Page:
"Taxing Tech Companies for the Failure of the News Industry Is Just Unfair." Politico's Jack Shafer details what's wrong with Sen. Amy Klobuchar's (D–Minn.) proposed Journalism Competition and Preservation Act. "The legislation isn't actually a tax bill, but if enacted would ding the two top tech-media companies, Google and Facebook, for millions and perhaps billions of dollars a year that would go to the news industry," Shafer points out. But while the idea of taking from tech giants to give to struggling newspapers might appeal to many people, "the Klobuchar bill unjustly punishes the tech giants by making it prop up an industry that has largely failed to address its business problems and has been decaying for decades," he writes:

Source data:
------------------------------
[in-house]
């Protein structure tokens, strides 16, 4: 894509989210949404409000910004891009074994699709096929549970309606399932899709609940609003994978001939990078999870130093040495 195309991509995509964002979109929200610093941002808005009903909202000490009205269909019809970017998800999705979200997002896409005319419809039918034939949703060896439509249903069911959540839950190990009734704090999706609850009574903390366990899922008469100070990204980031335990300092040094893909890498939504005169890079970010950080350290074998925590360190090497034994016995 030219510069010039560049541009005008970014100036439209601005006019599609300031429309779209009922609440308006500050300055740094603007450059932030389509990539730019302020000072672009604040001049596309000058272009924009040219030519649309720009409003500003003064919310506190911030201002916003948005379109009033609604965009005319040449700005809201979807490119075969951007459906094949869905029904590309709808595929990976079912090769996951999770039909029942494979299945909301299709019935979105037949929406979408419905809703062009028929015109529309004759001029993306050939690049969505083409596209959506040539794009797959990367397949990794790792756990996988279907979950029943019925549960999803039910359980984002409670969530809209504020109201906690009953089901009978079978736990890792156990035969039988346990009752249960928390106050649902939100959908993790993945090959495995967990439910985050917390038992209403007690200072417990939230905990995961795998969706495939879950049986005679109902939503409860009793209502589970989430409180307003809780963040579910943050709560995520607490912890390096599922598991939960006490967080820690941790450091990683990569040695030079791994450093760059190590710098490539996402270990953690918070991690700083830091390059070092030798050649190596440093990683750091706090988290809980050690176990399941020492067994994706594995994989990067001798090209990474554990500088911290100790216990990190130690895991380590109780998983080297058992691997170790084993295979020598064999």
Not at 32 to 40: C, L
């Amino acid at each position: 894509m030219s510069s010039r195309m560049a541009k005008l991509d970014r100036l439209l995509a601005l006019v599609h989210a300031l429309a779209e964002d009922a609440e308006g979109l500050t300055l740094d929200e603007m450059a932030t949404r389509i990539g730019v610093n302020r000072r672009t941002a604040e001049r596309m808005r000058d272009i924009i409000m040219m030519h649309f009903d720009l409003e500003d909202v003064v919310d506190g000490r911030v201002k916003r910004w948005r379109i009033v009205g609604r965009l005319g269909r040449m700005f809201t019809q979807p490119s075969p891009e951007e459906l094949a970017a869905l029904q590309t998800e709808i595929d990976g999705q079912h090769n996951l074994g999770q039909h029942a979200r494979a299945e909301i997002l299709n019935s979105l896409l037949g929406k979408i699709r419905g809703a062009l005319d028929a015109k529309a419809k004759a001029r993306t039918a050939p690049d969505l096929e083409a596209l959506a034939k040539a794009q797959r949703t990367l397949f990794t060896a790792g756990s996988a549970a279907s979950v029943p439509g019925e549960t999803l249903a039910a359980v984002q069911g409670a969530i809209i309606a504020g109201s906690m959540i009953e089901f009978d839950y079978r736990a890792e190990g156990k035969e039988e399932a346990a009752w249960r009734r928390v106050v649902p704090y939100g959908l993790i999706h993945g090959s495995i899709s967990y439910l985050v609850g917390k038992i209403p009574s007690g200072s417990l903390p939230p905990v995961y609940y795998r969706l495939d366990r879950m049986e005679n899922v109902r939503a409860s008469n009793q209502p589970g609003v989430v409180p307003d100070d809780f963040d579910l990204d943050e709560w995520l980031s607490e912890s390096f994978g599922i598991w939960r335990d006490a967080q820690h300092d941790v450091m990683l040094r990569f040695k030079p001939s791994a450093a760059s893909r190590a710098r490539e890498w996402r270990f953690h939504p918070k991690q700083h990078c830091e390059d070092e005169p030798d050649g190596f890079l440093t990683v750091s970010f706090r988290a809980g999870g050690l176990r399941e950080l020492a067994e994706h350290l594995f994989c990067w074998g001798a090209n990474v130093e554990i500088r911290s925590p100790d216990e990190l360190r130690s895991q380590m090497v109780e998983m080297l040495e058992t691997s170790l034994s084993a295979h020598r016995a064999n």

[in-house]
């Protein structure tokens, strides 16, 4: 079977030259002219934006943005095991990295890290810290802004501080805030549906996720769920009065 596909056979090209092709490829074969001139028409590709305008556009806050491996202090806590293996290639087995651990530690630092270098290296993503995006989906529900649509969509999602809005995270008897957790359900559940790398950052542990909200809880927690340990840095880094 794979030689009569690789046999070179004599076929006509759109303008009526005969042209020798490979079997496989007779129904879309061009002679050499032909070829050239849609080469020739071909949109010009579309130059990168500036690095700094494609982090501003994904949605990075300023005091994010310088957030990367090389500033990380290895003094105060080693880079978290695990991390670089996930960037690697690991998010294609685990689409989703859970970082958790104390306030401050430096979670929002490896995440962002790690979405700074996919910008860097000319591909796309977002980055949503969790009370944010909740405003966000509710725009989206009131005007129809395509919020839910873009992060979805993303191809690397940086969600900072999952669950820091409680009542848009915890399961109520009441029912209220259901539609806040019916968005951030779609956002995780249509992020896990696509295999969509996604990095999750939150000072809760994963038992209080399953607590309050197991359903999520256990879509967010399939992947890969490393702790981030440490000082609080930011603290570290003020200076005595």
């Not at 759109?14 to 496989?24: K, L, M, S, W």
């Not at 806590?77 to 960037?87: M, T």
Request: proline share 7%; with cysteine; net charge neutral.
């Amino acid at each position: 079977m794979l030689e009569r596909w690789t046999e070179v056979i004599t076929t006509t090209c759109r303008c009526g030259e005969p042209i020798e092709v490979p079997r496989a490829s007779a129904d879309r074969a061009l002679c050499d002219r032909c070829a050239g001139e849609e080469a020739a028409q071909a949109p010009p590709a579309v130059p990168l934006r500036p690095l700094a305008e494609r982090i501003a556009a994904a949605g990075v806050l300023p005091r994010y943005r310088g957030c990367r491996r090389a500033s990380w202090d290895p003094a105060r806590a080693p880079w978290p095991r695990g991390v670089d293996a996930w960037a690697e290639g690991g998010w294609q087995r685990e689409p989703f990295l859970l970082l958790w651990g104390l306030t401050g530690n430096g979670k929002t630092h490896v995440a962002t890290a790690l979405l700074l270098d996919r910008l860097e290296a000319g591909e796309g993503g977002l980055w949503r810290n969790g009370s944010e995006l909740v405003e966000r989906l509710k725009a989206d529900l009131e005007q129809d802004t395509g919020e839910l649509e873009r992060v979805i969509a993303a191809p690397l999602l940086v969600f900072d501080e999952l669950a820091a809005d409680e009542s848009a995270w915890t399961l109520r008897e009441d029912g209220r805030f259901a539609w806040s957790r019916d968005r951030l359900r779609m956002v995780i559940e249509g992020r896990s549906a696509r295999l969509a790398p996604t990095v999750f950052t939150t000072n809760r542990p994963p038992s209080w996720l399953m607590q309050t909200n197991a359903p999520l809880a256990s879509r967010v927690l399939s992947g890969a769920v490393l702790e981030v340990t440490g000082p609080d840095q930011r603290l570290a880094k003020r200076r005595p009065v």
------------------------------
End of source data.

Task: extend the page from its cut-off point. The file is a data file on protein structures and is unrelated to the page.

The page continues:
It would be nice to blame all of the news industry's problems on the tech behemoths, but the undoing of the newspaper industry began well before the web's advent. Newspaper circulation's per capita decline started in the post-WWII era, as did the industry's share of ad spending, thanks to competition from radio and TV. Total advertising revenue peaked in 2005. Some savvy newspaper investors, like Warren Buffett, predicted the industry's coming decline in 1992, a good half-decade before the commercial Internet was a thing. The newspaper audience and ad buyers had already begun migrating to other mediums, like TV and cable….